As a young child, Dip Patel moved from India with his parents; first to Canada, and then to southern Illinois.
His parents entered the U.S. legally on visas, and Patel has lived here ever since. But Patel is not a full citizen — even though he’s here legally — making him a ‘documented Dreamer.’
What You Need To Know
- For years, Democrats and Republicans have disagreed on the best way to address America’s failing immigration policies
- Last September, Padilla and Sen. Rand Paul (R-KY) introduced the America’s Children Act
- Last year, the House passed a companion bill sponsored by Ross titled the American Dream and Promise Act
- "Documented Dreamers" face deportation if they age out of dependent status at 21 without a green card or other immigration status
“Once I was getting ready to apply for colleges, I realized that I would be considered an international student, and I would go through this process known as aging out, where I would have to find my own way to stay,” explained Patel. “Really, it’s just jumping from temporary visa to temporary visa because our immigration system has really no legal pathway, no opportunities for us to even apply.”
For years, Democrats and Republicans have disagreed on the best way to address America’s failing immigration policies.
But Sen. Alex Padilla and Rep. Ami Bera of California, along with Rep. Deborah Ross, seem to be optimistic that a small portion of immigration can be tackled with bipartisan legislation.
“Documented Dreamers” are those children brought here on their parents’ visas that eventually age out at age 21. Once they hit that milestone birthday, they either have to self-deport or they must go through a visa process on their own. It’s estimated there are more than 200,000 “documented Dreamers” in the U.S.
“For these young people, turning 21 means facing an impossible choice. Either to leave your family and self-deport to a country you may barely remember, or stay in the United States living undocumented in the shadows,” Padilla said.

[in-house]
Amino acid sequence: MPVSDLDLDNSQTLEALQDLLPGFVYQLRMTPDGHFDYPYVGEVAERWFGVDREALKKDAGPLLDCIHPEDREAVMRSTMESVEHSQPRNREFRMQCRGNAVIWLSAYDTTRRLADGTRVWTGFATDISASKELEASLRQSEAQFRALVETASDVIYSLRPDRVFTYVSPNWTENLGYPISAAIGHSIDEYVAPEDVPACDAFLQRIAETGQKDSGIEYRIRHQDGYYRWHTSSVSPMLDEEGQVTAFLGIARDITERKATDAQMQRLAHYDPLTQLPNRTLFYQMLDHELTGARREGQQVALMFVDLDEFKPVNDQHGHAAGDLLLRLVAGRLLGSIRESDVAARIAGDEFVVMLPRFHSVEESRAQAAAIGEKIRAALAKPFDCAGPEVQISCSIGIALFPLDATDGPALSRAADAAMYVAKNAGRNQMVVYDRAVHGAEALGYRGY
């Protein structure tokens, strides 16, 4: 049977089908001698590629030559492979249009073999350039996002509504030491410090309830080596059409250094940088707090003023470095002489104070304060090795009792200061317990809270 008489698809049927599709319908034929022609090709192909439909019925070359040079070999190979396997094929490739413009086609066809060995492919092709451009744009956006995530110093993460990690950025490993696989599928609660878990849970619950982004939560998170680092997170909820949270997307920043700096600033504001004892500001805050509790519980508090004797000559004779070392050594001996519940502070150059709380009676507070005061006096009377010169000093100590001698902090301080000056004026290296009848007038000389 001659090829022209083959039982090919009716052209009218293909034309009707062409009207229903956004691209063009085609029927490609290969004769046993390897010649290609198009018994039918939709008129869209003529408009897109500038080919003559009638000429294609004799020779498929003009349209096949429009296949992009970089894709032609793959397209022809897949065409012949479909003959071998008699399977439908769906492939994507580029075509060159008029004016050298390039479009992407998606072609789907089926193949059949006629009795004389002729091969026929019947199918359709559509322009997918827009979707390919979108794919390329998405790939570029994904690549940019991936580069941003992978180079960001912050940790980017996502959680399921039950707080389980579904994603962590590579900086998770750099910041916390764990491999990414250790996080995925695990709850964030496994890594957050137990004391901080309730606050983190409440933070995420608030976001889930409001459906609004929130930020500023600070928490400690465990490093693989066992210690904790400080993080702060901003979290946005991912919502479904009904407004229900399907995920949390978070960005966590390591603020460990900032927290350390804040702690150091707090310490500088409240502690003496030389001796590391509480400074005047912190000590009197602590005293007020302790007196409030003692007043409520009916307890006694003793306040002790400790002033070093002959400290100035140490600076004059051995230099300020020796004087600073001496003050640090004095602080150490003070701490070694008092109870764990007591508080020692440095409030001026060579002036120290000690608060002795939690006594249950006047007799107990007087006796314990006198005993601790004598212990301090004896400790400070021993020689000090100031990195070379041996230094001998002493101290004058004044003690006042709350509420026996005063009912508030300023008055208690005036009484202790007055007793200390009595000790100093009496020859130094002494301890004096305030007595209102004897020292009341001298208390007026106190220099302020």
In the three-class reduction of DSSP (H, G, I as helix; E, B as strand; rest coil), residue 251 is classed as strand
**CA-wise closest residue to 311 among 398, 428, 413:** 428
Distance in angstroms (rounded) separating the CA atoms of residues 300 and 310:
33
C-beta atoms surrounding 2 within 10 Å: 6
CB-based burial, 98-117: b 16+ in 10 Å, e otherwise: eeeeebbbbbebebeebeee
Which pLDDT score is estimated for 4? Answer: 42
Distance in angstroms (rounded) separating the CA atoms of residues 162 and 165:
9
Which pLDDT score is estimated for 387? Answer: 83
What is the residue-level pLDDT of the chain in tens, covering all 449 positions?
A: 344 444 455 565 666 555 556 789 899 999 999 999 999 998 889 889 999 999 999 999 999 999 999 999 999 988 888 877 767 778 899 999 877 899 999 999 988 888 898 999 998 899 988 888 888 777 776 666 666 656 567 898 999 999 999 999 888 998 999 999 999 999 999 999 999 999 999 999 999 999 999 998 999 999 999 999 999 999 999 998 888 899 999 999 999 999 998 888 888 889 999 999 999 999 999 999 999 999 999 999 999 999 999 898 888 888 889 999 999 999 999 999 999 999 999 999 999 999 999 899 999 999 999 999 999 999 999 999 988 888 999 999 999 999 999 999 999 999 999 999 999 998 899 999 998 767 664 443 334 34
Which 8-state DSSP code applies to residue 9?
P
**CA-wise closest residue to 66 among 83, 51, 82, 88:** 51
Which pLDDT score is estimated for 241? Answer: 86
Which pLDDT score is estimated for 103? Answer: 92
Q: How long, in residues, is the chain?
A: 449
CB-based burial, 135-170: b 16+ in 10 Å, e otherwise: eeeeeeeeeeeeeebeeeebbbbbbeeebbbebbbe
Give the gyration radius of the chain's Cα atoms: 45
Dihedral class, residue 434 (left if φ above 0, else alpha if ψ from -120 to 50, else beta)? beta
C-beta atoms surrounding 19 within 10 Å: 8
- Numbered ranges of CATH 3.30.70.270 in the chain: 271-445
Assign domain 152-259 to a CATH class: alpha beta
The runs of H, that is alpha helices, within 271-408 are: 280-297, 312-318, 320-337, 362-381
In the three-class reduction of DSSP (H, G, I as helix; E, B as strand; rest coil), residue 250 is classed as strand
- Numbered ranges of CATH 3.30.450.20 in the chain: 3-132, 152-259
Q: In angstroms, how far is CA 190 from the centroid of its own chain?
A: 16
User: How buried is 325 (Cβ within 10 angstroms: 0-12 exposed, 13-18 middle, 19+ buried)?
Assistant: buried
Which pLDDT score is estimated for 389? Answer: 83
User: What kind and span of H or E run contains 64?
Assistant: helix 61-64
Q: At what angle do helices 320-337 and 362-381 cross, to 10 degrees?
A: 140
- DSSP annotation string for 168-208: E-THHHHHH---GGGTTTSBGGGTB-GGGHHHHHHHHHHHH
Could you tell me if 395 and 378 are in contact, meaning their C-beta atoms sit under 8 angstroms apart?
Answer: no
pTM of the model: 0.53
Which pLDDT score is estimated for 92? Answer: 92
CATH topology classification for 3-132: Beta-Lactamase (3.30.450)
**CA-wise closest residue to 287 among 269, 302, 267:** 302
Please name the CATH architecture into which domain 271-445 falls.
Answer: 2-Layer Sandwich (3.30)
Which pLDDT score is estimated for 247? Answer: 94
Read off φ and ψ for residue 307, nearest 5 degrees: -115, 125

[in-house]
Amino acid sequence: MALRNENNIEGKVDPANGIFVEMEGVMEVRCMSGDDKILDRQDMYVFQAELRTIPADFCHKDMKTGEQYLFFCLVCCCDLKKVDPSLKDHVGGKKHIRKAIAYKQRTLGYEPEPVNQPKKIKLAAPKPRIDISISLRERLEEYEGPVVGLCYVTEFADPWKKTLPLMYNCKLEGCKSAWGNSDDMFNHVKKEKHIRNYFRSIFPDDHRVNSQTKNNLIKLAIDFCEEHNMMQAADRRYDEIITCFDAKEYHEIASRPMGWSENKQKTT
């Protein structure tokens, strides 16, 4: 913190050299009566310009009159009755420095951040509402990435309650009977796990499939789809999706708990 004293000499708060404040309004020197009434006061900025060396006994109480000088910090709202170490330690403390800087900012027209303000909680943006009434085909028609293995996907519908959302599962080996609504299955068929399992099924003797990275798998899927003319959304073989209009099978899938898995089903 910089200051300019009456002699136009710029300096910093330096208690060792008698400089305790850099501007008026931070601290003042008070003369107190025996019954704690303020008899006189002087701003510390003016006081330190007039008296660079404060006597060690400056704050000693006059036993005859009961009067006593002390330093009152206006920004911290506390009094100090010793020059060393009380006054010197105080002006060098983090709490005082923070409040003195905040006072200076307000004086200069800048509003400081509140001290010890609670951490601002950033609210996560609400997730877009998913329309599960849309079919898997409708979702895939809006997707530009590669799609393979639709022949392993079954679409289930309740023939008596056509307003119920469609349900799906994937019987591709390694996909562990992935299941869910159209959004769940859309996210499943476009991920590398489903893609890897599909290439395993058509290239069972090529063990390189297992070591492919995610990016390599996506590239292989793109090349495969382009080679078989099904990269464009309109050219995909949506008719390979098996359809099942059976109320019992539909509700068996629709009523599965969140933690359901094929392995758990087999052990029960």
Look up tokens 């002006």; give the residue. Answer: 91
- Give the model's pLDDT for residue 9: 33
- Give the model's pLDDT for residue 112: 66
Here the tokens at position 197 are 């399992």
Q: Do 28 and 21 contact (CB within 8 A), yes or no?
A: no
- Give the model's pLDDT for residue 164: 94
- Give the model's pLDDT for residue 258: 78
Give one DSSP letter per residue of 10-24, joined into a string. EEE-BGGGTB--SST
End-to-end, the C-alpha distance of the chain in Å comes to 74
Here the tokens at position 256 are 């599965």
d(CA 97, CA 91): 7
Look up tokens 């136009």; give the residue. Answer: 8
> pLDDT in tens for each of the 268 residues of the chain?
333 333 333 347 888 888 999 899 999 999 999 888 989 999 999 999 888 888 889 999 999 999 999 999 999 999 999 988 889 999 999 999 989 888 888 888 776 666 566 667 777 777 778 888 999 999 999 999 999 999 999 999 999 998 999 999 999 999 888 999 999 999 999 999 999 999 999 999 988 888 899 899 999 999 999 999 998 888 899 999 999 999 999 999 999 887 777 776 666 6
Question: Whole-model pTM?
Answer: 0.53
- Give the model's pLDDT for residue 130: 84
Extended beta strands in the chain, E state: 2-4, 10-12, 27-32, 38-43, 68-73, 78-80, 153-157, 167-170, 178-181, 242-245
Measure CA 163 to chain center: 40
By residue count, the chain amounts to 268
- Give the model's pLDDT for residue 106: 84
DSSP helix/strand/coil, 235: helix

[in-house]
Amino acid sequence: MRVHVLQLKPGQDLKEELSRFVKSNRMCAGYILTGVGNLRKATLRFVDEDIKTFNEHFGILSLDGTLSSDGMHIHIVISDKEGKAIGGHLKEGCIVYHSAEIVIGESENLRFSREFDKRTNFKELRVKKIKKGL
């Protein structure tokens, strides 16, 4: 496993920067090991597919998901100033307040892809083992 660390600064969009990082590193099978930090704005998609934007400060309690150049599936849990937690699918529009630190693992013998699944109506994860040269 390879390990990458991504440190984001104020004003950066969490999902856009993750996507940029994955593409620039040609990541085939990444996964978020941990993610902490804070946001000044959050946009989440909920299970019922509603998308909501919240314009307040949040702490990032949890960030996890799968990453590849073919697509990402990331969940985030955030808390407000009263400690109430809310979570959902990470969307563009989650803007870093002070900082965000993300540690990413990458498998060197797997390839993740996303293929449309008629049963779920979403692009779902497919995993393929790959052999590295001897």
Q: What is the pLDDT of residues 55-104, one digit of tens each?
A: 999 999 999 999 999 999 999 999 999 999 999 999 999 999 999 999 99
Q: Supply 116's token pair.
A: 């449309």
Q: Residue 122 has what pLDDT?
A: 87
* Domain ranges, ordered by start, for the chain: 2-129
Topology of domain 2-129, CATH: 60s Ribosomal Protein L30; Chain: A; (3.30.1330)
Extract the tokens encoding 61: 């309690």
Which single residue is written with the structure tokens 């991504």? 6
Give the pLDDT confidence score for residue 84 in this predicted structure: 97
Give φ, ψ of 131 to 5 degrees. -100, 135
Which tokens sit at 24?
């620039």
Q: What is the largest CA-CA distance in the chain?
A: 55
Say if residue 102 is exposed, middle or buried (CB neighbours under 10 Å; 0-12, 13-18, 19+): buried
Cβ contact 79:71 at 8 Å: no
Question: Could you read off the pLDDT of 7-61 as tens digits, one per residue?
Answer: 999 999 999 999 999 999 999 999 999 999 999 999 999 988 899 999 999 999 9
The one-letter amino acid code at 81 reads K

Last September, Padilla and Sen. Rand Paul (R-KY) introduced the America’s Children Act, which would “provide a pathway to citizenship for 'documented Dreamers,' children of long-term visa holders who have been waiting for years, and often decades for a green card. These 'documented Dreamers' face deportation if they age out of dependent status at 21 without a green card or other immigration status.”
The bill has seven co-sponsors, including three other Republicans: Sens. Susan Collins (R-ME), Lisa Murkowski (R-AK) and Joni Ernst (R-IA)
At a press conference in the shadow of the Capitol, Patel stood behind Padilla during his impassioned speech. Now 26, Patel has a doctorate in pharmacy and has been able to stay in the U.S. on a visa.
In dealing with this process, Patel was inspired to found Improve the Dream, an organization working to lobby congress to create a path to citizenship for documented dreamers like himself.
“This is something that really most Americans assume isn’t a problem because they assume that someone who is brought here as a child, grows up in the United States with legal status, is raised and educated here, has a path to stay,” Patel said.
Last year, the House passed a companion bill sponsored by Ross titled the American Dream and Promise Act. She says it’s now up to the Senate to take up the mantle and vote on the legislation.
“The House has passed the American Dream and Promise Act that helps all ‘Dreamers,’ whether they came here in a documented way or not, and also helps people with temporary protected status,” said Ross when asked if she felt the bill could make its way through Congress despite the filibuster. “The House did its business. It’s just people forgot about it because it’s been sitting on the Senate side.”
Bera explained that he believes the upper chamber has the votes.
“There’s four Republican senators that have co-sponsored America’s children act. Can we find six more, which would allow us to then get it to the president’s desk? I think so,” he said, noting that Sen. John Cornyn (R-TX) has expressed interest in working with Padilla on the bill during a judiciary hearing in March.
We reached out to Senator Cornyn’s office to see where the senator stood on the bill, and a spokesperson pointed us to his remarks in the official record, which said in part, “I’d like to work with Senator Padilla on the legislation he’s introduced to come up with a solution.”
“Our best chance of updating our immigration laws lies in putting in the hard work necessary to craft consensus, bipartisan legislation that makes more targeted choices,” he continued. “As long as our colleagues across the aisle insist on a purely partisan measure with massive scope, the Senate will do what we have done for almost the entire time I’ve been here in the Senate, which is never fail to fail. I hope we can continue to find common ground where we can.”
Sixty votes are needed to move the bill to debate on the senate floor, and it’s unclear if there is broader republican support for the bill to meet that threshold. A request to Majority Leader Chuck Schumer’s (D-NY) office on when the bill could potentially get a floor vote went unanswered.